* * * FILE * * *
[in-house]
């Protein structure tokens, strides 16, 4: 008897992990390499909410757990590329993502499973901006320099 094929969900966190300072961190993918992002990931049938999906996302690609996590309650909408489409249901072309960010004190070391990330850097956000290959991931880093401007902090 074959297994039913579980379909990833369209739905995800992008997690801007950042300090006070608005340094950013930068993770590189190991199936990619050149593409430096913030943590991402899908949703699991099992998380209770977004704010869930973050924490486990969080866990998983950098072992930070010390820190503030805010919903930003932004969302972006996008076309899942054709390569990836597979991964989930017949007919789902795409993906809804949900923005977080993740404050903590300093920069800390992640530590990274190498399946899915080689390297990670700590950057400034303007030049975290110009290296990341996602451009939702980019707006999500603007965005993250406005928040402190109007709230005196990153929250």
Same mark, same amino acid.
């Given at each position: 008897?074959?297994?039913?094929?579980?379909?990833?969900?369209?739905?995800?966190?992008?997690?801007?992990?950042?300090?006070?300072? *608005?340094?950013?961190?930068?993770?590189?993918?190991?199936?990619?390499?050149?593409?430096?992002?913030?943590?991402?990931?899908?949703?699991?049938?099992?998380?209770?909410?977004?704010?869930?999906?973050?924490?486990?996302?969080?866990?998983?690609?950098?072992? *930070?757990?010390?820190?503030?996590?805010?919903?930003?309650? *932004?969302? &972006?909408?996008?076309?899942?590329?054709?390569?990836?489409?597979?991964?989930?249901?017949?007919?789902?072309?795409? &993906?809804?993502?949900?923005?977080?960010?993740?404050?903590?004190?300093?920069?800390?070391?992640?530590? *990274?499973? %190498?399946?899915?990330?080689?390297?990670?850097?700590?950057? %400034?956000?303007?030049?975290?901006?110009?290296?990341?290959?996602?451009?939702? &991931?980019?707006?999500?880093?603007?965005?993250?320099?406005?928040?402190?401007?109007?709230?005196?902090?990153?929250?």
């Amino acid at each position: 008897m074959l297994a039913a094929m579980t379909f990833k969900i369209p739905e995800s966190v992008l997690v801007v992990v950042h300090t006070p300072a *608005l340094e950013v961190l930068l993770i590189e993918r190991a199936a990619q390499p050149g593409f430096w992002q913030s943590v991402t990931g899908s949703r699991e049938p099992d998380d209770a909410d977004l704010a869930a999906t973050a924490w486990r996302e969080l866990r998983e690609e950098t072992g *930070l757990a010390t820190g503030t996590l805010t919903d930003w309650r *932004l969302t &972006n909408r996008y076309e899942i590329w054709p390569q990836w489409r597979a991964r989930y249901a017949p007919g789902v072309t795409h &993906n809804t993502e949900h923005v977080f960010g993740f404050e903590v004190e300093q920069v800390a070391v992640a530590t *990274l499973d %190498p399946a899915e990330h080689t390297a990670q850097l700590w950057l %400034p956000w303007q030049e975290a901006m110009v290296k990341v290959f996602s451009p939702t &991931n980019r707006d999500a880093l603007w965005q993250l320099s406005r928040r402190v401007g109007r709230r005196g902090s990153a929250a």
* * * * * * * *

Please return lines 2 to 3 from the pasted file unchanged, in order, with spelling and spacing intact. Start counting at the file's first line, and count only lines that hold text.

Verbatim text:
């Protein structure tokens, strides 16, 4: 008897992990390499909410757990590329993502499973901006320099 094929969900966190300072961190993918992002990931049938999906996302690609996590309650909408489409249901072309960010004190070391990330850097956000290959991931880093401007902090 074959297994039913579980379909990833369209739905995800992008997690801007950042300090006070608005340094950013930068993770590189190991199936990619050149593409430096913030943590991402899908949703699991099992998380209770977004704010869930973050924490486990969080866990998983950098072992930070010390820190503030805010919903930003932004969302972006996008076309899942054709390569990836597979991964989930017949007919789902795409993906809804949900923005977080993740404050903590300093920069800390992640530590990274190498399946899915080689390297990670700590950057400034303007030049975290110009290296990341996602451009939702980019707006999500603007965005993250406005928040402190109007709230005196990153929250």
Same mark, same amino acid.